Orange Pippin

This has been adopted and lovingly cared for by Melanie Frankell, a regular volunteer in our community orchard. It was bought for her by Christine & Derek Hosking.

Cox’s Orange Pippin, in Britain often referred to simply as Cox, is an apple cultivar first grown in 1830, at Colnbrook in Buckinghamshire, England, by the retired brewer and horticulturist Richard Cox.
‘Cox’s Orange Pippin’ is highly regarded due to its excellent flavour and attractive appearance. The apples are of medium size, orange-red in colour, deepening to bright red and mottled with carmine over a deep yellow background. The flesh is very aromatic, yellow-white, fine-grained, crisp, and very juicy. Cox’s flavour is sprightly subacid, with hints of cherry and anise, becoming softer and milder with age. When ripe apples are shaken, the seeds make a rattling sound as they are only loosely held in the apple’s flesh.

One of the best in quality of the English dessert apples, Cox’s Orange Pippin may be eaten out of hand or sliced. Not recommended for cooking, it cooks to a fine froth. Cox’s Orange Pippin is often blended with other varieties in the production of cider.

Origins

  • Species: Malus domestica
  • Parentage: Ribston Pippin ?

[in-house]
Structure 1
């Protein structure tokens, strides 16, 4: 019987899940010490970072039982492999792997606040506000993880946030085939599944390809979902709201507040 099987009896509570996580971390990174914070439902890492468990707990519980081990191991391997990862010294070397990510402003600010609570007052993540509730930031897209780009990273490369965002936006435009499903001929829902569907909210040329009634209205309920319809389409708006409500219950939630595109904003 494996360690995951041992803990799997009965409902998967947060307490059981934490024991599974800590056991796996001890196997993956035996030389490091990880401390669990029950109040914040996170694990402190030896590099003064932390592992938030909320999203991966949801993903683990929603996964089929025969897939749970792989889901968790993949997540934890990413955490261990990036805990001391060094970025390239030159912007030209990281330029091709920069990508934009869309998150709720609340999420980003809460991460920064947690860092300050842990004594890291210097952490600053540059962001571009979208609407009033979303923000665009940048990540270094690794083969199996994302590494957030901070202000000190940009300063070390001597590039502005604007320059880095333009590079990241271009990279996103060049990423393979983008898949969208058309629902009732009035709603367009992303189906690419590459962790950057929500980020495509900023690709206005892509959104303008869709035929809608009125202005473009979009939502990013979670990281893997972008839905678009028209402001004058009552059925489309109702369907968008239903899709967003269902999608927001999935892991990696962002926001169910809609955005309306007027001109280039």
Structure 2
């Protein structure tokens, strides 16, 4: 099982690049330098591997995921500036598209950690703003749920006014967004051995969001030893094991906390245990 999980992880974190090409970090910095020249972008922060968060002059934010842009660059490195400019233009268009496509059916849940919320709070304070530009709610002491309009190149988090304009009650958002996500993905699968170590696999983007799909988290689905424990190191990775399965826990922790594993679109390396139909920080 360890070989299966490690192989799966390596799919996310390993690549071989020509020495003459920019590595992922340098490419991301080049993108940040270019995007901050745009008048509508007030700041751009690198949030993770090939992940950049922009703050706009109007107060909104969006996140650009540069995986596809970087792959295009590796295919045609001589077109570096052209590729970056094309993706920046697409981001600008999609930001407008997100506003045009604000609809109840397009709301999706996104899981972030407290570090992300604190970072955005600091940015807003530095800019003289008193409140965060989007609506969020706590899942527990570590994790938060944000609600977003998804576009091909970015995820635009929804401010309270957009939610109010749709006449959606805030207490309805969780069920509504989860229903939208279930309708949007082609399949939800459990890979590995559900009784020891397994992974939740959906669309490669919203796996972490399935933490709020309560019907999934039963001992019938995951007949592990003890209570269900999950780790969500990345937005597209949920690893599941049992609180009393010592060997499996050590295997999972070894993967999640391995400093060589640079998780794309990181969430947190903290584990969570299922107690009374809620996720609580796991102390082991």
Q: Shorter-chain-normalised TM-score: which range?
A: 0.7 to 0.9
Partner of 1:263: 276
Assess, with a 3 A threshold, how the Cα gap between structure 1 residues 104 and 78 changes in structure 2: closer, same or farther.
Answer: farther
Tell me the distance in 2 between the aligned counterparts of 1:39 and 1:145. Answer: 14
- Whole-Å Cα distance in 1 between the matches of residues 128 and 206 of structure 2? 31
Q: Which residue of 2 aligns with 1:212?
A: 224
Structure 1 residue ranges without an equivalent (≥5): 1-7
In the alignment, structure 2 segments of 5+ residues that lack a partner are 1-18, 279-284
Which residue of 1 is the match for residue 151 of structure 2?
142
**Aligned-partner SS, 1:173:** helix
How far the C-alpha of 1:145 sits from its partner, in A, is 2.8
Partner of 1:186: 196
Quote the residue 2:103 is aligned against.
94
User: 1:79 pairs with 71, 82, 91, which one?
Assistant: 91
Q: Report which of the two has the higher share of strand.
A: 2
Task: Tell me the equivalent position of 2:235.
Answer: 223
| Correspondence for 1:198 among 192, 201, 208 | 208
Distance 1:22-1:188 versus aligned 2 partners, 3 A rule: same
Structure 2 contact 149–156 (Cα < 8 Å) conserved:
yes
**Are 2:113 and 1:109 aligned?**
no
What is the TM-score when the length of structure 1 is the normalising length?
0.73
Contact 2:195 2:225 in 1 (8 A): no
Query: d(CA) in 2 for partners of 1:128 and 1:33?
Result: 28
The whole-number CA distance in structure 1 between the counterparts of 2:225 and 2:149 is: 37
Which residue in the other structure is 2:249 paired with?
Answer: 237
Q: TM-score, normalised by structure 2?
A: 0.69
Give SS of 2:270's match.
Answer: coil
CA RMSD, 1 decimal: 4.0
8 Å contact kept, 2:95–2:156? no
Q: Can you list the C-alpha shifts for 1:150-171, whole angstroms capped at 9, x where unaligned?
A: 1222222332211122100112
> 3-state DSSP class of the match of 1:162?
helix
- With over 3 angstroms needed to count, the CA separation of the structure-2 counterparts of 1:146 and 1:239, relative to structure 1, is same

• Originates from: England, United Kingdom
  • Introduced: 1825
  • Orange Pippin Cultivar ID: 1086
  • UK National Fruit Collection accession: 2000-008

Identification

  • Fruit colour: Red / Orange flush
  • Flesh colour: Yellow to Very Yellow
  • Flesh colour: White to Cream, pale yellow
  • Fruit size: Small
  • Fruit size: Medium
  • Fruit size: Large
  • Fruit shape: Round
  • Fruit shape: Round-conical
  • Fruit shape: Conical
  • Fruit shape: Oblong-conical
  • Fruit shape: Oblong
  • Shape features (vertical view): Oblique – slanted
  • Shape features (vertical view): Symmetrical
  • Shape uniformity: Uniform, in size and shape
  • Bultitude apple group: 7. Flushed / striped, some russeting, sweet
  • Russet % coverage: High
  • Russet % coverage: Medium
  • Russet % coverage: Low
  • Basin russet: Gray to Brown Russet
  • Basin russet: Little, light russet
  • Basin russet: Smooth, fine Russet

Using

  • Uses: Eat fresh
  • Uses: Cooking
  • Uses: Juice
  • Uses: Hard cider
  • Uses: Drying
  • Flavour quality: Very good
  • Flavour quality: Exceptional
  • Flavour style: Sweet/Sharp
  • Flavour style: Aromatic
  • Flavour style: Honeyed / Scented
  • Flavour style: Sharp / refreshing
  • Harvest period: Mid-Late season
  • Use / keeping: 1-2 months
  • Vitamin C content: Medium

Growing

  • Cropping: Light
  • Flowering period: Mid season
  • Flowering group: 3
  • Fertility: Self-sterile Some forms are self-fertile
  • Ploidy: Diploid
  • Vigour: Average growth
  • Gardening skill: Some skill needed
  • Fruit bearing: Spur-bearer
  • General disease resistance: Poor
  • Period of origin: 1800 – 1849

Climate

  • Climate suitability: Warm climates
  • Climate suitability: Temperate climates
  • Blossom frost-resistance: Susceptible

Other qualities

  • Awards: RHS AGM

Diseases

  • Canker  – Very susceptible
  • Scab  – Very susceptible
  • Mildew  – Some susceptibility
  • Fireblight  – Some susceptibility
  • Cedar apple rust  – Some susceptibility

Relationships to other varieties

Parents and other ancestors of this variety:

  • Ribston Pippin – Ribston Pippin is generally believed to be one of the parents of Cox